Stone Mountain Park

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Stone Mountain Park is where locals spend countless hours running, hiking, cycling, walking the dog or simply people watching. The 15 miles of trails at Stone Mountain Park are well traveled, making them suitable for smooth trail runs. If you hit these trails in the early morning, you'll have them all to yourself.

Written by

Alexa Lampasona


2.0 miles

Destination Distance From Downtown

15.9 miles


2 of 5 diamonds

Time To Complete

1 hours

1 hour - as long as you want


All Seasons

All Seasons

Dog Friendly


Fees Permits


$10 park entrance

Land Website

Stone Mountain Park



Stone Mountain is an iconic presence in metro-Atlanta, where the granite dome can be seen looming in the west from downtown Atlanta or north of the city. A rite of passage for visitors to the park is the short hike to the summit, but consider Stone Mountain a hub where trail and road running, and cycling, revolve around its base.

A bucket list check-off for anyone in Atlanta is hiking the 1.3 mile (one way) summit trail. The distance is short, but the elevation gain catches up with you quickly, especially on the second half of the hike. The quartz stone is fairly smooth and rocks stud the landscape, giving you a few high steps to climb. This trail is predominantly sunny and can get scorching hot in the summer. A few pines spatter the first half of the trail, but as you journey on, they disperse and the top of the mountain is full sun. A pavilion is located about half a mile up the mountain, and it offers a good spot to rest, if needed. After the pavilion, the steepest part of the trail is a definite calf burner. From 1,400 to 1,600 feet, you hike 0.2 miles, not even one lap around the track. Don't worry, one short section contains a railing that hikers use to propel themselves.

What Makes It Great

The summit rounds out at 1,648 feet for incredible views of Atlanta’s suburban sprawl. To the west, you can see the three chunks of skylines: the shorter cluster of buildings to the north is Buckhead, a pair of taller buildings in the middle is Midtown, and to the South a bar graph of varying heights represents the downtown skyline. On a clear day, you can see Kennesaw Mountain looming a good 40 miles to the northwest. An example of Georgia’s varying terrain is the stretch of the Blue Ridge Mountains to the north and the lowlands to the south. No matter where you live in the city, the bird’s eye perspective reminds you that Atlanta is not a cement jungle.

Besides the walk-up trail, Stone Mountain Park has 15 miles of both off-road and paved trails. These are mostly rolling terrain with short ascents and descents that test the quads.For trails, the white-blazed Cherokee Trail is 5 miles and the Nature Garden trail is a 0.75 mile detour through a hickory oak forest. The an off-road loop is less traveled than Stone Mountain’s summit trail or the popular paved trail that follows along Robert E. Lee Boulevard. The white markings on the Cherokee Trail guide you through over woodlands and bridges. Several creeks give canine trail running buddies a nice reprieve from the heat. Exploring the park on foot gives you historic views of the memorial Confederate carving and “Laser Lawn”, and leads you by Howell Lake, Stone Mountain Lake and Venable Lake. At one point, you’ll trek over the granite slopes and cross over the summit’s walk-up trail. Parking is available in lots along Robert E. Lee Boulevard, and there are plenty of access points. It’s easy to tack on extra trails: the Nature Garden is a quick detour with a range of Dogwood, Magnolia and Sweet Gum trees.For pavement, follow the path along Robert E. Lee Boulevard for a 5 mile loop. Start your run at the intersection of E. Mountain Street and run counterclockwise. You start out with a cruising downhill for the first mile, descending 200 feet, before rounding out to a ribbon of minor dips and varying flatness. From the West gate entrance to Grist Mill, a majority of the road is one way and counterclockwise, and one lane becomes designated for bikes and pedestrians. The hardest part of the route is toward the end of mile 3, where you'll climb back up almost 250 feet over 0.4 miles.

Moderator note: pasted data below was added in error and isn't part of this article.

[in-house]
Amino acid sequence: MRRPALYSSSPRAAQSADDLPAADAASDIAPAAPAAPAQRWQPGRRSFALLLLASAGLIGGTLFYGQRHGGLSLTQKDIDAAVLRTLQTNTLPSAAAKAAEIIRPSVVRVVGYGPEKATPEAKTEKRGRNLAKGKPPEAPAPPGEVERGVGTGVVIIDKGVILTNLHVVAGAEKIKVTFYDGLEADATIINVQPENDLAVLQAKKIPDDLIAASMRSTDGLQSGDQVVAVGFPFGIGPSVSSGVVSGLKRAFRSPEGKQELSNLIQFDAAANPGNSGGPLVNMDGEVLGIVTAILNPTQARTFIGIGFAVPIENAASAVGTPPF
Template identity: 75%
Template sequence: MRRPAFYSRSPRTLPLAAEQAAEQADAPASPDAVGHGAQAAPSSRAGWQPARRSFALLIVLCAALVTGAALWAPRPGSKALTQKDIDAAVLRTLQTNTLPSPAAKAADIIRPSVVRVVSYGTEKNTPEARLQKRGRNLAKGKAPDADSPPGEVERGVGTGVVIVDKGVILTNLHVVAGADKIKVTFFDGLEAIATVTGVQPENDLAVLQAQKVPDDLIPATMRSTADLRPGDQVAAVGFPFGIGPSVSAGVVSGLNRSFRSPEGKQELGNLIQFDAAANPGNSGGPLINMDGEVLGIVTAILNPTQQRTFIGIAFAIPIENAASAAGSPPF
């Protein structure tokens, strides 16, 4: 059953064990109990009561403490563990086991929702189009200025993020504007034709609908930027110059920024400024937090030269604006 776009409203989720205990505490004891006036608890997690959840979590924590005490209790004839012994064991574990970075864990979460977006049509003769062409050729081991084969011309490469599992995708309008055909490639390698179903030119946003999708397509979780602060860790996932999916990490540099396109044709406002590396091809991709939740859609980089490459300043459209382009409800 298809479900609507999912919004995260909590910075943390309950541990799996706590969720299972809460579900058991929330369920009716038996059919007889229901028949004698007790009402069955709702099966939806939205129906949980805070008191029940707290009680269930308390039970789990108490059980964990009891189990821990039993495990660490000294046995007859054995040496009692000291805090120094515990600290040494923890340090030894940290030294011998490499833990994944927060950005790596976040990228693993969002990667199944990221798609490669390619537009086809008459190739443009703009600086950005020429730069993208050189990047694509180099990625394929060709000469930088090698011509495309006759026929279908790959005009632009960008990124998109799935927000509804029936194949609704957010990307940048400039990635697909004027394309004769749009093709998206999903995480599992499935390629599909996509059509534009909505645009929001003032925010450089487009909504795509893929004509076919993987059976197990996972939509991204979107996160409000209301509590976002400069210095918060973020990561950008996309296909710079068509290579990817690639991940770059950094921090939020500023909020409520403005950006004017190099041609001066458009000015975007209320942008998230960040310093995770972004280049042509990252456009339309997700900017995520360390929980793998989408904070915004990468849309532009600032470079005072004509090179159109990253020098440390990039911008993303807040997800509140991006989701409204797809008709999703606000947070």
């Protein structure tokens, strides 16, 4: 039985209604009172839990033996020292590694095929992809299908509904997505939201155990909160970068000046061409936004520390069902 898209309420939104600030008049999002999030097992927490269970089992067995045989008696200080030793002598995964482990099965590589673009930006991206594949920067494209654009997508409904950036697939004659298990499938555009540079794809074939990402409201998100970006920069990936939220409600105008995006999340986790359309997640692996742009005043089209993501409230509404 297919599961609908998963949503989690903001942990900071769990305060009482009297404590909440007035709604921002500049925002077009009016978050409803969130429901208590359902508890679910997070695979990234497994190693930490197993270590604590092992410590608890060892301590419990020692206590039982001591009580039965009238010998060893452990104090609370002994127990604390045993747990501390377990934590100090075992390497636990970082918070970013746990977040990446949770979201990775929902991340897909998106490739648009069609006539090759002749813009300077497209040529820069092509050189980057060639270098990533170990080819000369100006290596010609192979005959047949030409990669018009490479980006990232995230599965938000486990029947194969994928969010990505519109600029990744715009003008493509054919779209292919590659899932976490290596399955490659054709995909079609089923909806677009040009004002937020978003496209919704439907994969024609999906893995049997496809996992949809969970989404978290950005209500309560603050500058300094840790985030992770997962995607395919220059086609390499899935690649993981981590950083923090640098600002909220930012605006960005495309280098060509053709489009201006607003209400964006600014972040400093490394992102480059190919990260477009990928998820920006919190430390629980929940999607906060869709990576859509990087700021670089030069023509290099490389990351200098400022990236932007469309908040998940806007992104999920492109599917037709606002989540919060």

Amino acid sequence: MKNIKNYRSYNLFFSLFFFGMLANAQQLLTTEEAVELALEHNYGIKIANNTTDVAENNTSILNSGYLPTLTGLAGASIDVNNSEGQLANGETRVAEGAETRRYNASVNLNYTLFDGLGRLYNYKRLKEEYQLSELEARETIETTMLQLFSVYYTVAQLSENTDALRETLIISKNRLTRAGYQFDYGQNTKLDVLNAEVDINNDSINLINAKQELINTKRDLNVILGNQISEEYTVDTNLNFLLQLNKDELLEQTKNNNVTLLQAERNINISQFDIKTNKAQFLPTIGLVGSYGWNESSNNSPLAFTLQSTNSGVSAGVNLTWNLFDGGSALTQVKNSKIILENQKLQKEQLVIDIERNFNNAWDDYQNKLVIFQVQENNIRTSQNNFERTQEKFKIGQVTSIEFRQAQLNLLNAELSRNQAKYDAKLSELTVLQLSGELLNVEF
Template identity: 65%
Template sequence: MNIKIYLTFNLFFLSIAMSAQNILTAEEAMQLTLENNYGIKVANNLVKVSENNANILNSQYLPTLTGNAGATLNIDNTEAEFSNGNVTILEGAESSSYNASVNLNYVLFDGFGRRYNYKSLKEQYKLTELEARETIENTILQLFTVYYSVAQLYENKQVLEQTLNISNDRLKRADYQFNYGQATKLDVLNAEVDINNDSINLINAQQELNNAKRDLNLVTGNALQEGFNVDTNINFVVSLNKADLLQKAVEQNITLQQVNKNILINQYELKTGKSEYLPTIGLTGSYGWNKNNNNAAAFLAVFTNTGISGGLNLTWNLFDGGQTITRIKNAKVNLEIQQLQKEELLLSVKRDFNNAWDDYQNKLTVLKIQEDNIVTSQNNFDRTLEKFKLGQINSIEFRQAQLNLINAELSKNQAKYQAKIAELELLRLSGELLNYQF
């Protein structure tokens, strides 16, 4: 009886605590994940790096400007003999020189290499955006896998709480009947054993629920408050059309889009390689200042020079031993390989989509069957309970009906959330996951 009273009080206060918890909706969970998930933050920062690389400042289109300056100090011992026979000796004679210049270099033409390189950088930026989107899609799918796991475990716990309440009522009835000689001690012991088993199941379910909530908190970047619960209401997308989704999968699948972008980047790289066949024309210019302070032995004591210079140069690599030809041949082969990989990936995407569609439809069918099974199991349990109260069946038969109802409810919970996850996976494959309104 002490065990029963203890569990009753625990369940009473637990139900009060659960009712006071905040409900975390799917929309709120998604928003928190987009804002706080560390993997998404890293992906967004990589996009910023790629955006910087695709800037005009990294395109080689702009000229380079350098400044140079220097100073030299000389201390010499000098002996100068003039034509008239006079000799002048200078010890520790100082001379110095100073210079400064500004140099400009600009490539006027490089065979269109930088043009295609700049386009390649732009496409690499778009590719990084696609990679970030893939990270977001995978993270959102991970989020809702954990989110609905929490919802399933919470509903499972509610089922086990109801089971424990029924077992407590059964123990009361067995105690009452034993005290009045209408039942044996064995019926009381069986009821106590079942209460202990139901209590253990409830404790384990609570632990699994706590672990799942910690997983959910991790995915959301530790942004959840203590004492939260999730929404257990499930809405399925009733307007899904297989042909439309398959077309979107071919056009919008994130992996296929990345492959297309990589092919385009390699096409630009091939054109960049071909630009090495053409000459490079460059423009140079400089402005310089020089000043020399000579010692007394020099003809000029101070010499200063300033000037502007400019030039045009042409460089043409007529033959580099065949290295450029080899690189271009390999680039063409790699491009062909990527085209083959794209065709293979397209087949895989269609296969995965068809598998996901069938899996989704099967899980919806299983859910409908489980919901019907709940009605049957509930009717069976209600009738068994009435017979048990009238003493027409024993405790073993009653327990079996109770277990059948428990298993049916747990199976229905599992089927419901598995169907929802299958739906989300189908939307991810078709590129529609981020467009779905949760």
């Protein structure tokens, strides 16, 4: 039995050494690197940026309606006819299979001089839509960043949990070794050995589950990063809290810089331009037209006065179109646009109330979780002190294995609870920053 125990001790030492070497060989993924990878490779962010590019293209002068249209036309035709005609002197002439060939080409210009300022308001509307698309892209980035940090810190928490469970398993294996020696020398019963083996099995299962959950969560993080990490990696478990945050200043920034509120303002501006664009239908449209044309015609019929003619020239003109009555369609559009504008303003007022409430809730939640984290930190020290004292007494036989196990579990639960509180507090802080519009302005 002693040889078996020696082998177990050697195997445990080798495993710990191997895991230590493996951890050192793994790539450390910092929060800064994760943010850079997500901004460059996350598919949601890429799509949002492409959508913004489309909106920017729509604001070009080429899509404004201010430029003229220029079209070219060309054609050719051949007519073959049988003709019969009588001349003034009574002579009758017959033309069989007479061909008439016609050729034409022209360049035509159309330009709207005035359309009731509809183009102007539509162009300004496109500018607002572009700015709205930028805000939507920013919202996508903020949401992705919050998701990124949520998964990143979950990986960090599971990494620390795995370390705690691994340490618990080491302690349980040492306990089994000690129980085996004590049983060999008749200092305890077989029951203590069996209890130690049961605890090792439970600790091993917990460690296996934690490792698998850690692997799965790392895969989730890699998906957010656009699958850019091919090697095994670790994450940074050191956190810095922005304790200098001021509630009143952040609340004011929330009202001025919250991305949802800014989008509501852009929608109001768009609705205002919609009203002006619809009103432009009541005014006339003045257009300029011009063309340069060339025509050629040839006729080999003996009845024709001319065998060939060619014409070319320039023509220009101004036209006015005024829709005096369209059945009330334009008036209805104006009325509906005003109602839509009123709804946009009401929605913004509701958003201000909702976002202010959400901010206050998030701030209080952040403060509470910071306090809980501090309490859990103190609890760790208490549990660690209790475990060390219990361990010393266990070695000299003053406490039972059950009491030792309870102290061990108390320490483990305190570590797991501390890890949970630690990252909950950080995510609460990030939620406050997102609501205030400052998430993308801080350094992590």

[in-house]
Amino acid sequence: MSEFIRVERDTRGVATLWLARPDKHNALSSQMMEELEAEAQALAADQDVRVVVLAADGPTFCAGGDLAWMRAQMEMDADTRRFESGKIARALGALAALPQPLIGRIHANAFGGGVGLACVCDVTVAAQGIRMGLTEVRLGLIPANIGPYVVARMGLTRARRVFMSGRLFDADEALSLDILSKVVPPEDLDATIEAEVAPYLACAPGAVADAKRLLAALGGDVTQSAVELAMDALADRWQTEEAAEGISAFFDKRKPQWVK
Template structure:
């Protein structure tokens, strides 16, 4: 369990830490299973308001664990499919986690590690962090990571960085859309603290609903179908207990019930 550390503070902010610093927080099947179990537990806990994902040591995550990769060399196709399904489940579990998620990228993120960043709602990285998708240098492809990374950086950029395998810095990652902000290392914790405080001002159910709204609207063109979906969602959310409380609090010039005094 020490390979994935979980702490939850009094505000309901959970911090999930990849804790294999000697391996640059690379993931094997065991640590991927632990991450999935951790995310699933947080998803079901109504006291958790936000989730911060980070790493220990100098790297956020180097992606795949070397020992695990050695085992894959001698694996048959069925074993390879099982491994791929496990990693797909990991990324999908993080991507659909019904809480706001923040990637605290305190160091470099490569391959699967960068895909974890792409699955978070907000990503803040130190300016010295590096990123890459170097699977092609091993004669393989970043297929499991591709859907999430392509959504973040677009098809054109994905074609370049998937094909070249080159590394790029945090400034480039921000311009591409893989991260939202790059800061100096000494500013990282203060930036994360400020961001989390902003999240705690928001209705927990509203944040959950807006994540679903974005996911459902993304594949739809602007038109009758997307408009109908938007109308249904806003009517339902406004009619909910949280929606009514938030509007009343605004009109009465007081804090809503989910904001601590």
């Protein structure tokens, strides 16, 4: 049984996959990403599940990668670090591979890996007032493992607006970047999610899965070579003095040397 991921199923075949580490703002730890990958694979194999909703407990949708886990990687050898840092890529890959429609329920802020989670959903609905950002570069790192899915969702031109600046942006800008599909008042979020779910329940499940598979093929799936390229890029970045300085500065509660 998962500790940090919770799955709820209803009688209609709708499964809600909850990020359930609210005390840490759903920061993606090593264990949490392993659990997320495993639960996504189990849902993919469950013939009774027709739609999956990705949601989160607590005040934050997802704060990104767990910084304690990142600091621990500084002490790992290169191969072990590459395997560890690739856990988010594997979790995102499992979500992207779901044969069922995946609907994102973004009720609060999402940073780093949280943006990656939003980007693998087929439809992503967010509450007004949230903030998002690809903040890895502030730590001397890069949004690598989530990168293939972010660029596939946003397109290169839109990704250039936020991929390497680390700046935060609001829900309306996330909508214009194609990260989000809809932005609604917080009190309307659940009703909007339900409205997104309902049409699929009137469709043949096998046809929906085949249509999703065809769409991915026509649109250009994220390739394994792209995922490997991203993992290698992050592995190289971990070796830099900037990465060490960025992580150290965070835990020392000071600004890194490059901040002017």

Another way to access the park is via the Stone Mountain trail. It is popular among urban cyclists and ends at the west end of the park, shortly after crossing Main Street. This 19 mile marked path begins in Midtown at Piedmont Avenue and is entirely paved, although there is about 4 miles of on-street travel.

Who is Going to Love It

Hikers looking for a great view of the city and little workout. 

Directions, Parking, & Regulations

Parking is available at several lots in the park and park entry is $10 per vehicle. The locals park in Stone Mountain Village for free and run in to the park using the Stone Mountain bike path. Dogs are allowed in the park, however none can be taken on the walk-up trail. The walk-up trail is open from dawn to dusk.

At the top of the mountain you’ll find restrooms, a souvenir shop and concession stand. If you’re burned out from the hike, you can take the Summit Skyride down the mountain for a fee. Note that pets are not allowed on the walk-up trail, but can be taken on the other park trails. After rain, the stone can become slick, so use caution on steep parts of the trail.

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Stone Mountain Park

1000 Robert E. Lee Blvd
Stone Mountain, GA, 30083
33.799509, -84.150474

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